Secure Your Devices at Work and at Home

Secure Your Devices at Work and at Home

This week of National Cybersecurity Awareness Month (NCSAM) is focused on securing the devices you use for work and at home. 2020 has shifted most of our home, school and business lives online. Whether you are working, doing schoolwork or relaxing at home, you should secure the devices you use that connect to the internet. Your connected devices increase convenience and productivity, but they also can collect tons of personal data and could potentially be a threat to your online security if not secured. It is important to protect not only your data, but the data of others that you may handle in your job duties!

Your data/information is valuable - Protect it!

Information including your home address, email address, phone number, personal ID numbers and date of birth (DoB) is like gold to a cybercriminal. It is important to secure the devices and apps that you actively use, as well as those that run in the background.

Internet of things (IoT)

These devices can be ordinary things that have the ability to connect to the internet. Some examples of these could be your home thermostat, smart refrigerator, smart watch, baby monitor or a smart TV. IoT devices may be connected to the internet constantly, without needing to be interacted with. In order to protect your data, protect the IoT, which in a constantly connected home, should be protected by a secured network!

Securing your network

Most home wireless networks (Wi-Fi) are controlled by your internet router or a separate dedicated wireless access point that broadcasts wireless signals. This means that securing your wireless network is a key part of protecting your home and everyone and everything in it. Wi-Fi can extend way beyond the walls of your  house or apartment. If you share your Wi-Fi password with friends, guests, etc... that means they can connect anytime they pass by. Before long, a lot of people know your Wi-Fi password and connect to your router, and then have access to your home network.

Whether it’s a smartphone, laptop, desktop, tablet or any other internet-connected device, the tips and resources below will help protect your technology and secure your personal/work data.

How-tos and resources:

  • Own your online presence/footprint - Every time you sign up for a new account, download a new app or get a new device, IMMEDIATELY configure the privacy and security settings to your comfort level for information sharing. REGULARLY check these settings at the minimum once a year, to make sure they are still configured properly.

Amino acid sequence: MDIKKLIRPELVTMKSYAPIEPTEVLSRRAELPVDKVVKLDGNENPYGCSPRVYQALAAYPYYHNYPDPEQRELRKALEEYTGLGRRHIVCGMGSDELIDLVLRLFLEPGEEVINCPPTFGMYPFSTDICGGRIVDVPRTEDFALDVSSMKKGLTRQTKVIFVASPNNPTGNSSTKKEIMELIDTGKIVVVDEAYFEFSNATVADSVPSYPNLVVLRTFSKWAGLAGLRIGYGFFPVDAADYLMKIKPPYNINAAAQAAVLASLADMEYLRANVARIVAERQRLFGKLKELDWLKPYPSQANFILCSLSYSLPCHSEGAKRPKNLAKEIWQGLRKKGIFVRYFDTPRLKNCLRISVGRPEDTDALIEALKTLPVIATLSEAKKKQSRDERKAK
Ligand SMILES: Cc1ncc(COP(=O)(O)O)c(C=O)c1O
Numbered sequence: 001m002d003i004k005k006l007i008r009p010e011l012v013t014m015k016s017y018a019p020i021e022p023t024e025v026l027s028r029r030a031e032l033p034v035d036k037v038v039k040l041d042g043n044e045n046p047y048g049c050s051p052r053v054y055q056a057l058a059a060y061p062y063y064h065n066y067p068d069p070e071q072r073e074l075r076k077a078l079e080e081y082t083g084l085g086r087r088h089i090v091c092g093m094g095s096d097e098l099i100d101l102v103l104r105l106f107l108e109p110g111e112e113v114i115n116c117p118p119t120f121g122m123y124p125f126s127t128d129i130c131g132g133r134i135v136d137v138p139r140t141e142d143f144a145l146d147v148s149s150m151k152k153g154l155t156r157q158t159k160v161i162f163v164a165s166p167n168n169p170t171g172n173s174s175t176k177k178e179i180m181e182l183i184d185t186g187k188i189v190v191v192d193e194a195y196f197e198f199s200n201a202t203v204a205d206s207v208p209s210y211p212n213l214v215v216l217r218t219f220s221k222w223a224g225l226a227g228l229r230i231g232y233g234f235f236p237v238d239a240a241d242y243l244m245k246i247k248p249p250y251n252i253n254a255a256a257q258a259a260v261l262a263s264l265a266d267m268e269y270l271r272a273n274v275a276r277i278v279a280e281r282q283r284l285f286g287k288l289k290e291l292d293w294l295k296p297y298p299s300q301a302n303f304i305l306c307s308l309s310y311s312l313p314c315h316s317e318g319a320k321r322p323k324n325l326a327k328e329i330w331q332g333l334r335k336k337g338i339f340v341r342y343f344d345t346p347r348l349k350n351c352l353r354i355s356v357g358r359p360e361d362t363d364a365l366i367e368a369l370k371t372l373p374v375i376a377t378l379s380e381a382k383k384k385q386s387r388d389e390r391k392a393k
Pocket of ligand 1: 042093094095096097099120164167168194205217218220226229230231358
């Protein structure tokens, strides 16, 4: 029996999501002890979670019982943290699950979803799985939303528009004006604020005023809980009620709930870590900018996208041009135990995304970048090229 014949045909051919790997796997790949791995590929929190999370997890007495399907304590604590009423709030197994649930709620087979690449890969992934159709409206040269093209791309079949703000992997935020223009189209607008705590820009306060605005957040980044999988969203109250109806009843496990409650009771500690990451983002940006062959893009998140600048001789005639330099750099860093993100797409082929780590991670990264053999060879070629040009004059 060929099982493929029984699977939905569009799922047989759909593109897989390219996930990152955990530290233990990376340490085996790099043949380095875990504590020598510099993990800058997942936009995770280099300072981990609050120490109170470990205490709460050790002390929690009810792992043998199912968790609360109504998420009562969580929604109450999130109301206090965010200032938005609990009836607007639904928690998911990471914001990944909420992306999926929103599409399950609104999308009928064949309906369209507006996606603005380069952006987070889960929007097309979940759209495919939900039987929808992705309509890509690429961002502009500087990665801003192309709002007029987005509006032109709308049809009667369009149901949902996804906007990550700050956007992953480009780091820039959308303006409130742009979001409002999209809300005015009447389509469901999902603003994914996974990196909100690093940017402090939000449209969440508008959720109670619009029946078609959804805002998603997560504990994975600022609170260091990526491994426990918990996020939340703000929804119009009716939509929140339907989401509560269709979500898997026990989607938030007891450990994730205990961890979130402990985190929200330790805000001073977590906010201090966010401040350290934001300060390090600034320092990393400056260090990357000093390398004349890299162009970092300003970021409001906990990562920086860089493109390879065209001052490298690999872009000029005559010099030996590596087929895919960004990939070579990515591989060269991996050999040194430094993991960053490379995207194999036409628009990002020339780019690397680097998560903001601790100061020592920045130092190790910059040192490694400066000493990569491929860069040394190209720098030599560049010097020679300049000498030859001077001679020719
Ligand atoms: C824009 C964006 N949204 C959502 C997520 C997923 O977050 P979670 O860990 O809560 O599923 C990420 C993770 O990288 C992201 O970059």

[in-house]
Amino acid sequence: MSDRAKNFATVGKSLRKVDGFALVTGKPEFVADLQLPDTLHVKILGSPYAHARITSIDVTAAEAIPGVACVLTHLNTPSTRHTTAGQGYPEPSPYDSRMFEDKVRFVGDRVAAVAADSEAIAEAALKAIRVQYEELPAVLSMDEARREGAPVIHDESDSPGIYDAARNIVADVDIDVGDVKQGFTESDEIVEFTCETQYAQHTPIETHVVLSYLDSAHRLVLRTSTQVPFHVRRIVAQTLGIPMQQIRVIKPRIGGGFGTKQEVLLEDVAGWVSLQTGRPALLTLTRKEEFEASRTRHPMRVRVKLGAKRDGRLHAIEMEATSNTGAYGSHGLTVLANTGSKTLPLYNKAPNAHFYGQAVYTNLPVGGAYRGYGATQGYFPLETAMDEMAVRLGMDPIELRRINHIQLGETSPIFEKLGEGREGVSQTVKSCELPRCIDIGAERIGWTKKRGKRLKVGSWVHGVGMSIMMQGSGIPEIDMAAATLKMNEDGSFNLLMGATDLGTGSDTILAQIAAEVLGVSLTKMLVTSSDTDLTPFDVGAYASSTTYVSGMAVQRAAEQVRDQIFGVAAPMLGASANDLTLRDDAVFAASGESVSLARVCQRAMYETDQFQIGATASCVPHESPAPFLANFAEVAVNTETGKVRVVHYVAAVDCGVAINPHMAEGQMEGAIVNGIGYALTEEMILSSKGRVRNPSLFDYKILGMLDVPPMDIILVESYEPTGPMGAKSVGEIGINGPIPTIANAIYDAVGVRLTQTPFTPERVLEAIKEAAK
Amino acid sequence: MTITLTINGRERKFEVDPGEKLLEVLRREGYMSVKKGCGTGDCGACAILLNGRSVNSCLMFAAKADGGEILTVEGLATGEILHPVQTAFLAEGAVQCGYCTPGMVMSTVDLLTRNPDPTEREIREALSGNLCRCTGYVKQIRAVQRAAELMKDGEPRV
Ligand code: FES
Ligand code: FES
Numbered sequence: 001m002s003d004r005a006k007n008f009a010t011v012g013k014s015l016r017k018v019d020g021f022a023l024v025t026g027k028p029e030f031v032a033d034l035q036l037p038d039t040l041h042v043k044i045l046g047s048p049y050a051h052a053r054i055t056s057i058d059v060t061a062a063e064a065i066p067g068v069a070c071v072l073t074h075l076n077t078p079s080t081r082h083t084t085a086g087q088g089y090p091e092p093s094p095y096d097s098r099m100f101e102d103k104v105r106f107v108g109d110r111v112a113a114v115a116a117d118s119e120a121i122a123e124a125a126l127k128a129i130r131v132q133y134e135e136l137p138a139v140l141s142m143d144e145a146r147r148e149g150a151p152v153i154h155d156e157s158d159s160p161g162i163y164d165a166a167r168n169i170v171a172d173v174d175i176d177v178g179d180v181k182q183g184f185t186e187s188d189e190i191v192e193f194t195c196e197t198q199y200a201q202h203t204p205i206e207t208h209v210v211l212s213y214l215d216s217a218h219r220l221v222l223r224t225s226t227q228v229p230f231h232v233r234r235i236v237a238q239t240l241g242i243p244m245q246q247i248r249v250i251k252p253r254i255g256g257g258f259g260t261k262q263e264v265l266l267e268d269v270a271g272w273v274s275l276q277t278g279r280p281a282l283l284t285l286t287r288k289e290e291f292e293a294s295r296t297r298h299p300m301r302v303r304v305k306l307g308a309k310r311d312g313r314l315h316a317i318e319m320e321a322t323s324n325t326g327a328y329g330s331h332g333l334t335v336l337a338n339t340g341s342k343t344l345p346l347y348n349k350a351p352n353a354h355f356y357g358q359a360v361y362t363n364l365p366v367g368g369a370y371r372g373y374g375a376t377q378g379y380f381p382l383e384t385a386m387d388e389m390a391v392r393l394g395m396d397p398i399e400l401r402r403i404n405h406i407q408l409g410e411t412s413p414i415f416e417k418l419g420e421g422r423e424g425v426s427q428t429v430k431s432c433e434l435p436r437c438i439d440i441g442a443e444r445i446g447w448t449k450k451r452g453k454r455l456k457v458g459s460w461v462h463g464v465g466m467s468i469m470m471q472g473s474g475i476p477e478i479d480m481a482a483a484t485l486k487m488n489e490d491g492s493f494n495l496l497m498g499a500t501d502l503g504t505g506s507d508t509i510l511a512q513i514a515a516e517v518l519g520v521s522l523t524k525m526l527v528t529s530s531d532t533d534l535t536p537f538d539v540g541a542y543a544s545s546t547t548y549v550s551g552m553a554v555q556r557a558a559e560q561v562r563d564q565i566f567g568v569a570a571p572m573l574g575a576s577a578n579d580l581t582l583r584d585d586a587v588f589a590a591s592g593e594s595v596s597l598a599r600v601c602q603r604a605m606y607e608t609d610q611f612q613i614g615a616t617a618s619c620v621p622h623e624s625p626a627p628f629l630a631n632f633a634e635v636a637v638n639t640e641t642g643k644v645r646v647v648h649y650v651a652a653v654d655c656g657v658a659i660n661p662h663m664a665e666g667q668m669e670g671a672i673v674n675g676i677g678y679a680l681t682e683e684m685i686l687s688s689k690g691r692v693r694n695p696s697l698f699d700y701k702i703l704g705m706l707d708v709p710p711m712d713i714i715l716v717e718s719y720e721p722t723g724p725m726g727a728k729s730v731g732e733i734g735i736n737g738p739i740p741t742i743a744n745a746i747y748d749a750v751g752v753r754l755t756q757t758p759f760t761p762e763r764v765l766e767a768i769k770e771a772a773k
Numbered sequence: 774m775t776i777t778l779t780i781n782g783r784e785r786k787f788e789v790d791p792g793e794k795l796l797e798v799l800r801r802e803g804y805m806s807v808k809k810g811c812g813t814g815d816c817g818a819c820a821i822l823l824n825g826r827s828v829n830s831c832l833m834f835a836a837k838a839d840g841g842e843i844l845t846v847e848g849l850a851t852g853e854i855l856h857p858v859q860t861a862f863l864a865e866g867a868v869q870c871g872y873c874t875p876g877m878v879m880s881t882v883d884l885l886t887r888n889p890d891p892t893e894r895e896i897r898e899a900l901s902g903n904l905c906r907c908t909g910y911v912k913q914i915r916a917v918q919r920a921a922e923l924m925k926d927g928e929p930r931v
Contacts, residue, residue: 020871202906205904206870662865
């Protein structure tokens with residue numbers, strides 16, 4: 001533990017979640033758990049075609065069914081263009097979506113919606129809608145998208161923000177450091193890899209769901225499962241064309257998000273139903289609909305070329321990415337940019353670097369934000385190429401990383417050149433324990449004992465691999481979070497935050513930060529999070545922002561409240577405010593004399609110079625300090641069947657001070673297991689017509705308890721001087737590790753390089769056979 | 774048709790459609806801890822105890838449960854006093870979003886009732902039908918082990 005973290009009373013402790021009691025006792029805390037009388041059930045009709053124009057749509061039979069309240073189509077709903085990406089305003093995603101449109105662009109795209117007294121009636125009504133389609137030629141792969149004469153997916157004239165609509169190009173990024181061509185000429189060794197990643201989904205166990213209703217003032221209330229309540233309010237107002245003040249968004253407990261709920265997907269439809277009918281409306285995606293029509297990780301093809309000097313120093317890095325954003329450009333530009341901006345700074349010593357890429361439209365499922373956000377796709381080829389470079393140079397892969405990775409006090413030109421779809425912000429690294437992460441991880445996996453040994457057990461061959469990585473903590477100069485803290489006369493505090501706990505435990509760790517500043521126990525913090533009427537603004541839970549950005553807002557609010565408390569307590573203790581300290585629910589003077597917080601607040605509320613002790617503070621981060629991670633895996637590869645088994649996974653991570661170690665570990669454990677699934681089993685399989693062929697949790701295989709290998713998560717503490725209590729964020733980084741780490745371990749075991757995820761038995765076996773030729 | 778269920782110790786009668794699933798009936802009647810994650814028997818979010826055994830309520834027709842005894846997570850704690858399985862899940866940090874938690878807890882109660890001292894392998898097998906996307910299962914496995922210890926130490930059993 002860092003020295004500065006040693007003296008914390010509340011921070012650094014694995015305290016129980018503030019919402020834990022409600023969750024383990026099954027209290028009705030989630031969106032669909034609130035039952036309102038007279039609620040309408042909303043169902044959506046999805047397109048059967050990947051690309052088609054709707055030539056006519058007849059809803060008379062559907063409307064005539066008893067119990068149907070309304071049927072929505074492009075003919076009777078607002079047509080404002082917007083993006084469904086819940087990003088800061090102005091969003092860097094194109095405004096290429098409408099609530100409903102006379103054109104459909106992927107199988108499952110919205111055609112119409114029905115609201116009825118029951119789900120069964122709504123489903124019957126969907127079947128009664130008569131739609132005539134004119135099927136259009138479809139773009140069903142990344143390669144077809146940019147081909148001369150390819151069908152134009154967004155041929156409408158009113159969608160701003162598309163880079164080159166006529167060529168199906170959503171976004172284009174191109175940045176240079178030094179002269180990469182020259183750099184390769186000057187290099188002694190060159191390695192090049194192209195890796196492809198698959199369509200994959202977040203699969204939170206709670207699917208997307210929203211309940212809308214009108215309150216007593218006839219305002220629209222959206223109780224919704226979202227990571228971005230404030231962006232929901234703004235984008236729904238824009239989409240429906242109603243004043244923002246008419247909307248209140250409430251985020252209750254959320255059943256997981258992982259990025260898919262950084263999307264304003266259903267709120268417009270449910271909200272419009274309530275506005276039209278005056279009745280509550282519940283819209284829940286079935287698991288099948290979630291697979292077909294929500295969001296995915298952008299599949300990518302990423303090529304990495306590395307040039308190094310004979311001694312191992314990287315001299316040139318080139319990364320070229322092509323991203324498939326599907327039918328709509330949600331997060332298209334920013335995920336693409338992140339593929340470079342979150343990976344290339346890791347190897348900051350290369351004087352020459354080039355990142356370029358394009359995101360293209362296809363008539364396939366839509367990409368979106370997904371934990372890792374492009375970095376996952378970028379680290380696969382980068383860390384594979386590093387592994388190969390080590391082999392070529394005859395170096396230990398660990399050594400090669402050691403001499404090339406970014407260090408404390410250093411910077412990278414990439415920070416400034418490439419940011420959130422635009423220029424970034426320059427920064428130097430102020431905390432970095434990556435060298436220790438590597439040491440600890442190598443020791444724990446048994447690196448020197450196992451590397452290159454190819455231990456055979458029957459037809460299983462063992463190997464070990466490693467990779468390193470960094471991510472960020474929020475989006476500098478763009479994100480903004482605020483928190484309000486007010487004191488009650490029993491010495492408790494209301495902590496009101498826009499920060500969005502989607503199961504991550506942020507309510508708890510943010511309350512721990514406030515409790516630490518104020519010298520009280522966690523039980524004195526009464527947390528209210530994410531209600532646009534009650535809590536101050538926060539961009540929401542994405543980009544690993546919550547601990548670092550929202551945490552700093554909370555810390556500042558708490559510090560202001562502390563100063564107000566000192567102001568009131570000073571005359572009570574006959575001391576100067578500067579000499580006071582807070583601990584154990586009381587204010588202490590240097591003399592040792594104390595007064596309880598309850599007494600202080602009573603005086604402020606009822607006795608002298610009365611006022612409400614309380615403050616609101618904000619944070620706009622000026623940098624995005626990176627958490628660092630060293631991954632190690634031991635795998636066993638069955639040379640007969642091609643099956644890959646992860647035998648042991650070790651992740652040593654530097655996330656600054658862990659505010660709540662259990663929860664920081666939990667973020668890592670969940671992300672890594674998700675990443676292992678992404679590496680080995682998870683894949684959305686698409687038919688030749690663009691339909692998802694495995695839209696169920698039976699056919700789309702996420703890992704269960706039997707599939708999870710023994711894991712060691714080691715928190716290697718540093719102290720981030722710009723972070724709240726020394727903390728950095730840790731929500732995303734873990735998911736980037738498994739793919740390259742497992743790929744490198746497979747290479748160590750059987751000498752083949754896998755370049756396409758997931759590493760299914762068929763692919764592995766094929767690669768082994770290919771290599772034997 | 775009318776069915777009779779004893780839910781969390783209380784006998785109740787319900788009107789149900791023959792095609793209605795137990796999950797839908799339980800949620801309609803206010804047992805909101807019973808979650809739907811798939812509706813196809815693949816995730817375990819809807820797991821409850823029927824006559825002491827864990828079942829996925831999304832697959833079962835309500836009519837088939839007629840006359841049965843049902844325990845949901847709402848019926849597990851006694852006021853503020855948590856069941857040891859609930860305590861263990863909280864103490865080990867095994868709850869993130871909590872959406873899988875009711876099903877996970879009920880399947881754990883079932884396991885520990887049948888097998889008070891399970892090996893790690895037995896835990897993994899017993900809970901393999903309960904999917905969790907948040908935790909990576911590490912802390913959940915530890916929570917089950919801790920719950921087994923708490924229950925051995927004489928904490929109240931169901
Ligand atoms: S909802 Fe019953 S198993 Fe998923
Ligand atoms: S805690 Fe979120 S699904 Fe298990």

• Cybersecurity basics - Keep your software up to date! Use passwords on all your devices and apps. Make the passwords at least 12 characters long, using numbers, symbols, and capital and lowercase letters. Make the passwords unique to only that device or app. Never share your passwords or store them physically (such as on a sticky-note or in a notebook).

    Meet Laura, Sid and Dave (watch the video below) as they engage in good - and not-so-good password security practices.


    The key points addressed above and in this video can drastically reduce the risk of your accounts being compromised.

  • Secure your accounts - Set up multi-factor authentication (MFA) on any account that allows it, and never disable it.

  • Secure your home network - Make sure that you have changed your router login’s default username and password, as they are easily found online. Always keep WPA2 enabled to ensure the best security for the devices on your network. Use a strong wi-fi sign-in password. Keep your router’s firmware up-to-date on a regular basis. This will ensure that you have the latest security updates.

  • If you lend, give, sell or throw out an old device, make sure to return it to factory settings. This will prevent your data from being accessed after you no longer have control over your device. But before you do that, remember to back up or transfer any important information on the device.

  • Treat your work data/information as personal information. University data includes employee personally identifiable information (PII) through tax forms and payroll accounts and so much more. DO NOT share PII with any unknown parties or over unsecured networks.

  • Social media is part of the cybercriminals toolset. By searching Google and scanning your organization’s social media sites, cybercriminals can gather information about you, your friends,family,vendors, as well as human resources and financial departments. You should avoid oversharing on social media and should not conduct official business, exchange payment, or share PII on social media platforms.

  • Be careful with what information you share online or on social media. By openly sharing things like pet names, schools you attended, links to family members, and your birthday, you can give a scammer all the information they need to guess your password or answer your security questions.

  • Don’t click on anything in an unsolicited email or text message asking you to update or verify account information. Look up the company’s phone number on your own (don’t use the one a potential scammer is providing), and call the company to ask if the request is legitimate.providing), and call the company to ask if the request is legitimate

  • Read the Social Media Cybersecurity Tip Sheet for more information.